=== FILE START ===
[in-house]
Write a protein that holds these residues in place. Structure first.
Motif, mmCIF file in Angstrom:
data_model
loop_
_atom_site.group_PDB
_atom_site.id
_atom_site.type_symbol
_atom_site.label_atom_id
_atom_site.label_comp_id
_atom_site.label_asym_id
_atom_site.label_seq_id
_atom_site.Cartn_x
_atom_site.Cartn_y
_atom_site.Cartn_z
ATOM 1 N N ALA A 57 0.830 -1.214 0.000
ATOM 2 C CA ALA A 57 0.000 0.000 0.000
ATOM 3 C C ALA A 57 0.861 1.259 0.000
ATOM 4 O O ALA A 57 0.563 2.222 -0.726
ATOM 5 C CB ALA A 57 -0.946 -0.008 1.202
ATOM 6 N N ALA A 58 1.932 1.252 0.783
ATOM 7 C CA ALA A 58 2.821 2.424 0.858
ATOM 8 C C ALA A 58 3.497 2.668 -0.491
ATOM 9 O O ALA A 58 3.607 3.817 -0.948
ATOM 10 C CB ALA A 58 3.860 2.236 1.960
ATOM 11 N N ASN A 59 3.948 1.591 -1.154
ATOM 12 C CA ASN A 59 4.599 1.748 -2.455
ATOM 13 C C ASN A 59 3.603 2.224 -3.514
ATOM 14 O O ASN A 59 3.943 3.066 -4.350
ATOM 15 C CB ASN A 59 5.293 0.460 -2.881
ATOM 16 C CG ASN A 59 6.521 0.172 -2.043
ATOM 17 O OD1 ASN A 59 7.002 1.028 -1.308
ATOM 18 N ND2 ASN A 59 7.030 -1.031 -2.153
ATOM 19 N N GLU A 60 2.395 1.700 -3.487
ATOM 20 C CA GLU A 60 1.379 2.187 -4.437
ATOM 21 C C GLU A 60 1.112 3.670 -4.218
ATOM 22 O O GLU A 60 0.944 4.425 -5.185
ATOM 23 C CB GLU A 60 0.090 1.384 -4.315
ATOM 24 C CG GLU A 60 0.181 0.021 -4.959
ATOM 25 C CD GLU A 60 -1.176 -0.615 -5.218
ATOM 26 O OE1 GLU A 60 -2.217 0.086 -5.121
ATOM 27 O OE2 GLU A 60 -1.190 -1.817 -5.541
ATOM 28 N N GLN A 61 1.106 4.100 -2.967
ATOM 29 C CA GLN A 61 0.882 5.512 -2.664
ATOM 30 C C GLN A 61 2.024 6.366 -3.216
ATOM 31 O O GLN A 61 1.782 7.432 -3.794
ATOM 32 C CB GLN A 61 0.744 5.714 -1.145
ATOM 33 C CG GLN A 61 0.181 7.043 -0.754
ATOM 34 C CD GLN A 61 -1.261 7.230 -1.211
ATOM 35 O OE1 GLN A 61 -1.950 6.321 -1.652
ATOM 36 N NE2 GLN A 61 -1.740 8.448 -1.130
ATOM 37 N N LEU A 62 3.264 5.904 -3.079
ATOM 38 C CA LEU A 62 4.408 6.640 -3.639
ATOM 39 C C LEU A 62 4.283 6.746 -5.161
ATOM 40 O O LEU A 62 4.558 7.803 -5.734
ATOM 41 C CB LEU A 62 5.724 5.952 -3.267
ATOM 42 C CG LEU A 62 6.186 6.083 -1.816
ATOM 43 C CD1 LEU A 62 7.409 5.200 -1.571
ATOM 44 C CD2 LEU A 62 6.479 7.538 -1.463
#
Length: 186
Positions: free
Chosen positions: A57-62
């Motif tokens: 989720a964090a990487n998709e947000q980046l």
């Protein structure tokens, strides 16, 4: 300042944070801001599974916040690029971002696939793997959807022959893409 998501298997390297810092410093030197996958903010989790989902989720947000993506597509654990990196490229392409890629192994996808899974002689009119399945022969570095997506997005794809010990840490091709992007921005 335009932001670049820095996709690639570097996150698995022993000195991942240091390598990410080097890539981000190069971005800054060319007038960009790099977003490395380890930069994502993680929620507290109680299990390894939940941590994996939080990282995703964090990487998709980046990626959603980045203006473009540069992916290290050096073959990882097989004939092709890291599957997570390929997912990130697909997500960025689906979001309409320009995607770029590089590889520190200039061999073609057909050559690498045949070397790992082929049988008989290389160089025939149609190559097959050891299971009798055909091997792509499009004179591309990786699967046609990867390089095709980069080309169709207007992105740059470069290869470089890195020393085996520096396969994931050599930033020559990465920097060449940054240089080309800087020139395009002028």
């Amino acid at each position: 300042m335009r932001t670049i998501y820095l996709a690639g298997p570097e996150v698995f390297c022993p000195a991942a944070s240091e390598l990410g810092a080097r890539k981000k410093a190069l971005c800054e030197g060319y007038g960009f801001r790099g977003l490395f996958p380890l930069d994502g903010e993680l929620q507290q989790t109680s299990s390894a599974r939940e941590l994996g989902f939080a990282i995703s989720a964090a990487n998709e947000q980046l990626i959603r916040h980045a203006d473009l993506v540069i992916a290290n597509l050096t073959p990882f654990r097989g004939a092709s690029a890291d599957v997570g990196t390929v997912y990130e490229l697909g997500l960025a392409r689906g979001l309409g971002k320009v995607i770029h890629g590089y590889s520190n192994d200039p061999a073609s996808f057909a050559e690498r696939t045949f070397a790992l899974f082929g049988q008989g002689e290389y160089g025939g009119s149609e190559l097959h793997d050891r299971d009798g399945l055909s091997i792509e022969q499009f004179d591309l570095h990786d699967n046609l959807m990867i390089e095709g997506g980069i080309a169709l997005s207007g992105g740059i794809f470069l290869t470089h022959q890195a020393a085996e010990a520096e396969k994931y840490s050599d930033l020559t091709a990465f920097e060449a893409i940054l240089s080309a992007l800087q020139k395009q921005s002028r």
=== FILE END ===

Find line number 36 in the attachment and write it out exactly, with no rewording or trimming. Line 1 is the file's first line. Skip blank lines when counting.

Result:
ATOM 21 C C GLU A 60 1.112 3.670 -4.218